My Kingdom for the Princess has returned in an aptly-titled sequel, My Kingdom for the Princess II! Nevosoft brings back its casual resource management/building game with a new story, new levels, new settings, and some other little twists to give players of the original something to look forward to. If you love games like Build-a-lot but can't stand keeping track of so many things at once, My Kingdom for the Princess will suit you just fine.
After their wedding at the end of the first game (oops, spoiler alert), Princess Helen and Sir Arthur decide to go on their honeymoon. After carefully selecting which hat to wear, the couple hops in a hot air balloon and heads to the Azure Archipeligo, a land rumored to be inhabited by a wizard who sleeps in the trees and eats nothing but coconuts. Sounds lovely! After their balloon crashes, the couple strikes a deal with the local tribe, receiving their last boat in exchange for fixing up their villages. It's off to do some repairs!
Just like the original My Kingdom for the Princess, the sequel brings back the very simple worker-resource relationship that's a snap to use. Each map is filled with branching pathways dotted with obstacles, resources, and maybe a building or two. In order to clear a path to the goal, you must send out workers to chop trees, repair the road, and so on. In order to do those things, they need food and wood. You obtain both by picking up resources at spawn locations as well as from buildings and by working in the field. The challenge comes from managing which paths to forge, which resources to hoard, and how to spend your precious earnings.
Each level can be completed by satisfying a short set of goals listed at the top of the screen. This always involves clearing a path to the exit, which is normally blocked by rocks, but sometimes you'll have other tasks to complete as well, such as gathering a few flowers or building a hunting lodge to take care of pesky enemies.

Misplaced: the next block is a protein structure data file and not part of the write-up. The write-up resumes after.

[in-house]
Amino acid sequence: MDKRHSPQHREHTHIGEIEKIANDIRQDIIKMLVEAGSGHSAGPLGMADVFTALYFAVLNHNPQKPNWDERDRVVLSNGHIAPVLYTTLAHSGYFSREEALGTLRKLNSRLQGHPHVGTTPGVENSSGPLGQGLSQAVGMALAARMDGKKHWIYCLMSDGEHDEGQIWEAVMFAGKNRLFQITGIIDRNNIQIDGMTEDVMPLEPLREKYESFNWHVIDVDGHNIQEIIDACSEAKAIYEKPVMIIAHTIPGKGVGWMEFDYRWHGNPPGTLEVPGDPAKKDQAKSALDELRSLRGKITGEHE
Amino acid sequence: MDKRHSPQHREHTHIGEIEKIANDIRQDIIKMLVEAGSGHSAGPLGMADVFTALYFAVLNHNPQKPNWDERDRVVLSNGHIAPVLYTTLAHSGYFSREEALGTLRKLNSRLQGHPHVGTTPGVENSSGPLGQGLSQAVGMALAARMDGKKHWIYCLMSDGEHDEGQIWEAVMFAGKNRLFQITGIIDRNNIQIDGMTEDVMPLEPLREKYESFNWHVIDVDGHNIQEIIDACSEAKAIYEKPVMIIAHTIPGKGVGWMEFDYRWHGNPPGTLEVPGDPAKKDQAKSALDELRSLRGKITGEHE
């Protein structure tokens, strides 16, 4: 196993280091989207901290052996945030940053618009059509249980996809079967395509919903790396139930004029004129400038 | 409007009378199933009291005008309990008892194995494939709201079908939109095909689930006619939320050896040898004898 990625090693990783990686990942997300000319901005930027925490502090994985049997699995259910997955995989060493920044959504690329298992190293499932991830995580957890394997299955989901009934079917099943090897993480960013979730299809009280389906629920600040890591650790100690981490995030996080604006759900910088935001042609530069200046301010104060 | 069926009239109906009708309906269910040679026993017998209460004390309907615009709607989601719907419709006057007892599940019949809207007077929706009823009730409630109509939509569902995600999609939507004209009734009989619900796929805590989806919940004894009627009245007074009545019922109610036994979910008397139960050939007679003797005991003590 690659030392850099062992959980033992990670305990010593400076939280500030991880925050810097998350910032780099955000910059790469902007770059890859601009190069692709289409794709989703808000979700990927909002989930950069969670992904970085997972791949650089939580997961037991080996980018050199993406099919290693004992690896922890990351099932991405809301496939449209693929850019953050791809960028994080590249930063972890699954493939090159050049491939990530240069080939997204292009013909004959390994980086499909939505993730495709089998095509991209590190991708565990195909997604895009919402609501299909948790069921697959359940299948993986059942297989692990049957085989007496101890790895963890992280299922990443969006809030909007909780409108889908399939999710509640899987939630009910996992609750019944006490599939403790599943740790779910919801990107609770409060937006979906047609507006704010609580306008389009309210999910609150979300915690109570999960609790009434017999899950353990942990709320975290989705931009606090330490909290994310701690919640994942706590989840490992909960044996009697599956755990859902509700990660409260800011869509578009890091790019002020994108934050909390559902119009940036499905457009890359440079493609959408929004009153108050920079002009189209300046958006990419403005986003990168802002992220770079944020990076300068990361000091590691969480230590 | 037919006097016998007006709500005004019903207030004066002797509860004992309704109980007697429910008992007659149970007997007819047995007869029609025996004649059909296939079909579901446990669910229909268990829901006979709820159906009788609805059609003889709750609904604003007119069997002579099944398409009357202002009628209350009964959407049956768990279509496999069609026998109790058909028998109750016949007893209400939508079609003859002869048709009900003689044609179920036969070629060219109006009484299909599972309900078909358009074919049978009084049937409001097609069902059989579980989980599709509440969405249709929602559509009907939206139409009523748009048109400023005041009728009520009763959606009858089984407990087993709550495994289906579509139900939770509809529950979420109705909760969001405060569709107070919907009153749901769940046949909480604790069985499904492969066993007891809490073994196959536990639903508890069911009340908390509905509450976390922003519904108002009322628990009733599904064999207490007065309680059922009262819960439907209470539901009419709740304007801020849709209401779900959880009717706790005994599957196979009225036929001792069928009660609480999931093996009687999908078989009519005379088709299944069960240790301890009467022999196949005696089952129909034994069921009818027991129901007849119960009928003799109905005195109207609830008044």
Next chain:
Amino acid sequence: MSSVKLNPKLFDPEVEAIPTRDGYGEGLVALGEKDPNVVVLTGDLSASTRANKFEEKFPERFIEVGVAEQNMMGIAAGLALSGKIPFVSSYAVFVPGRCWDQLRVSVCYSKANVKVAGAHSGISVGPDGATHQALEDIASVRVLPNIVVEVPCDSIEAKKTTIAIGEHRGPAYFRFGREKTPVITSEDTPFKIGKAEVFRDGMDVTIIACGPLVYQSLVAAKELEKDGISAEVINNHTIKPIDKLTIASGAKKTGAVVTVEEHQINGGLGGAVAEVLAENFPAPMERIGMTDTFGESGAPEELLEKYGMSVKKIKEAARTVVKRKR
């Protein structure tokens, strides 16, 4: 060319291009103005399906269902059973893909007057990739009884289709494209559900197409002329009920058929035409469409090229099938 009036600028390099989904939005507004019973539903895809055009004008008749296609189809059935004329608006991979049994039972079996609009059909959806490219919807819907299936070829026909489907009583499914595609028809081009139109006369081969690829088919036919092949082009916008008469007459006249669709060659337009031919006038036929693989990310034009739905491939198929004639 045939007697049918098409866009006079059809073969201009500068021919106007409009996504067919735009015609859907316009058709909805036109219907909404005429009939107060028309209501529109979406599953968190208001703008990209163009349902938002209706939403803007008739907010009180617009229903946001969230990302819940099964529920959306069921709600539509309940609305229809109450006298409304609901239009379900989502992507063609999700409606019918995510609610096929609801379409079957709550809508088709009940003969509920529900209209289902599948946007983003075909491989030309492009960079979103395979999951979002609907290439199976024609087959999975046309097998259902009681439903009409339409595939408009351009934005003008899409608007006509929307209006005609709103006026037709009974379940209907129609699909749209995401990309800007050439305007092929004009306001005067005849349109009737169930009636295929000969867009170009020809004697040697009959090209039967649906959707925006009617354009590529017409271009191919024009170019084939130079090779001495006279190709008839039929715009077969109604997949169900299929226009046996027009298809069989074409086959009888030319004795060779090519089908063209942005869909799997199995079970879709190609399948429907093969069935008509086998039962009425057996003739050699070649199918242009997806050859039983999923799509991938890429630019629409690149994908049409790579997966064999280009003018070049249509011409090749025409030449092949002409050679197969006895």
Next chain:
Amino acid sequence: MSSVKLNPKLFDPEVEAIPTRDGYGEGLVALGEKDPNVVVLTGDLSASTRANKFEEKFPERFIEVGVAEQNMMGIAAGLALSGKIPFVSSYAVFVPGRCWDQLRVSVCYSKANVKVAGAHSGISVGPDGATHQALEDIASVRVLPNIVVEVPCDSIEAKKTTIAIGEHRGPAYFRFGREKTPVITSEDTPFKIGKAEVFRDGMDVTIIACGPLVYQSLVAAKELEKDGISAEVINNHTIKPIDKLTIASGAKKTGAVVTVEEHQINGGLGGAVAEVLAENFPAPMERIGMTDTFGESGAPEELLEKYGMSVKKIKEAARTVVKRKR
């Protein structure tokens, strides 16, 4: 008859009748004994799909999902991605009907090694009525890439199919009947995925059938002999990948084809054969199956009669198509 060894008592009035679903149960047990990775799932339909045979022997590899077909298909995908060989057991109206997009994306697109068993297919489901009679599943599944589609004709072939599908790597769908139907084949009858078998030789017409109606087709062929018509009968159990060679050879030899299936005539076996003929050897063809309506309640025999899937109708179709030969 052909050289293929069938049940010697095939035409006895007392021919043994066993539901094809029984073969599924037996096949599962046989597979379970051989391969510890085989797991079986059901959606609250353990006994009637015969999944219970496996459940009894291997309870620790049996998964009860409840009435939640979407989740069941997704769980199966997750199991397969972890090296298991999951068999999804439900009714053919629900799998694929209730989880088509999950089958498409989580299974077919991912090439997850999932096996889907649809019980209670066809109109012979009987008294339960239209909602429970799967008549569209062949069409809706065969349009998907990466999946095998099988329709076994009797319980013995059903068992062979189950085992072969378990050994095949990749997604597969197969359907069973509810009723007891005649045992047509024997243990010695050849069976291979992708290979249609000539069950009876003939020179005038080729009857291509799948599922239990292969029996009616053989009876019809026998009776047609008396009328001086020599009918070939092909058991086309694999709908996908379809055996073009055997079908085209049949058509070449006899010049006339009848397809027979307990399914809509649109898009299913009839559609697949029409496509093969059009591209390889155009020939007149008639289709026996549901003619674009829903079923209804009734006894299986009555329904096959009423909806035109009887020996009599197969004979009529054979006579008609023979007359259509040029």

The bonus meter from the original game returns, filling up as time progresses and allowing you to unleash temporary boosts to worker speed, resource numbers, time, and so on. These end up being quite helpful as the work day wanes and night threatens to fall, sapping your time bonus and postponing the completion of your mega castle.
Analysis: My Kingdom for the Princess II has that same "just one more level pleeeeease!!!" kind of addictiveness that its predecessor had. Each stage packs in more branching paths, more obstacles, and more challenges than the last, encouraging you to press onward to see what waits for you in the next zone. The variety of locations is a nice bonus, as tropical island scenery gets old after a few levels.
Mini-games are an unusual sight in simulation games, but Nevosoft wasn't afraid to include a few simple diversions to break the focus on resources and workers. I do have two questions, though: why are there giant bats in the water, and how can they hurt my ship so?!
My Kingdom for the Princess II suffers in two areas: originality and pacing. The game isn't all that different from the first, which is both comforting and a bit unnerving, as the series could use a touch of innovation. Within each level, you'll experience hectic periods where there's too much to do followed by lulls in the action where all you can do is wait. This can be alleviated by managing your tasks well, but the down time is often unavoidable, leaving you twiddling your thumbs while your chances of a bonus slowly drips away. Watching workers trundle about the map is also a bit tedious, but this gets better later in the game when there's more to do and more people in which to do it.
A great casual building/resource management game that scores big points for simplicity, ease of use, and addictiveness. Play it once to see what it's like, then keep playing because it's so darn good.